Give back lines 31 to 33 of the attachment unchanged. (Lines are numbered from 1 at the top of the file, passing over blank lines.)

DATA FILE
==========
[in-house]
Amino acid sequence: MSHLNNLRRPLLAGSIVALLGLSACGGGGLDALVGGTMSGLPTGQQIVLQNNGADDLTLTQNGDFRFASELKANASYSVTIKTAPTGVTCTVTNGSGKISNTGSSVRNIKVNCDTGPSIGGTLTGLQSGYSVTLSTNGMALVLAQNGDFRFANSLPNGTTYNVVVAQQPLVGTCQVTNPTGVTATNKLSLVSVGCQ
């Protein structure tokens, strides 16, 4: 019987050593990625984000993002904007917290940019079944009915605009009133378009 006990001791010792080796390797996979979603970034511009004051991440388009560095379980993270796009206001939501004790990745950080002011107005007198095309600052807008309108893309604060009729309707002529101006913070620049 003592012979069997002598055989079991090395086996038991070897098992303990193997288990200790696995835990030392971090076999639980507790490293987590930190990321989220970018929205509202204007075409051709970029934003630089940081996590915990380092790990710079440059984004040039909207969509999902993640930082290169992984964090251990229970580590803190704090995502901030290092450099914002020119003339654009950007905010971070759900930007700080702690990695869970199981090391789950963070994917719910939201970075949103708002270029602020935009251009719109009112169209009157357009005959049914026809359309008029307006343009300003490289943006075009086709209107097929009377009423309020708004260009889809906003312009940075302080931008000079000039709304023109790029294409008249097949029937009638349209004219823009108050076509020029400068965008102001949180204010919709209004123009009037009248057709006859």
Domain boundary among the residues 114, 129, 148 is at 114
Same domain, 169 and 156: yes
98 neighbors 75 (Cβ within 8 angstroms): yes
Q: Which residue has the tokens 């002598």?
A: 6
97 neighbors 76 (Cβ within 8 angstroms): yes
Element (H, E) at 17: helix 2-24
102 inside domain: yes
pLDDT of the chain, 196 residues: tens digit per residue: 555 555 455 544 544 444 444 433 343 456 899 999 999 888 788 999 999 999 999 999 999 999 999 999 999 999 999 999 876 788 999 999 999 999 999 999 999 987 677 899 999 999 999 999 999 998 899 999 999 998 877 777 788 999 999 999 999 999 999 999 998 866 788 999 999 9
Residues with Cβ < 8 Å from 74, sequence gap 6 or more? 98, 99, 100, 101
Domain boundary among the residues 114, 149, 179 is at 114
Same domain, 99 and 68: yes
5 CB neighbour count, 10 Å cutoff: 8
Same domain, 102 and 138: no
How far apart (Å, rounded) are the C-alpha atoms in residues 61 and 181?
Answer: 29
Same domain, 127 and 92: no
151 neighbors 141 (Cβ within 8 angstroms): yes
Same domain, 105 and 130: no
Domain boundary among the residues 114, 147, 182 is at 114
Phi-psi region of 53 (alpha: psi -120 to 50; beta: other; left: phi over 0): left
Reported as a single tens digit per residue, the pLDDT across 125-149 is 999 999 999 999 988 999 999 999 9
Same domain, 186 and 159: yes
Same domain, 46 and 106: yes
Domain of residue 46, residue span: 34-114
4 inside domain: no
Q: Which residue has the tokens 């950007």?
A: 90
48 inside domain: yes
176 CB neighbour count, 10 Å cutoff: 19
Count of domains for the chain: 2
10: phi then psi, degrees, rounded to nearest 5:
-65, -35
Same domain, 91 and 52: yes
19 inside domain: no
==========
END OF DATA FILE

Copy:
A: 90
48 inside domain: yes
176 CB neighbour count, 10 Å cutoff: 19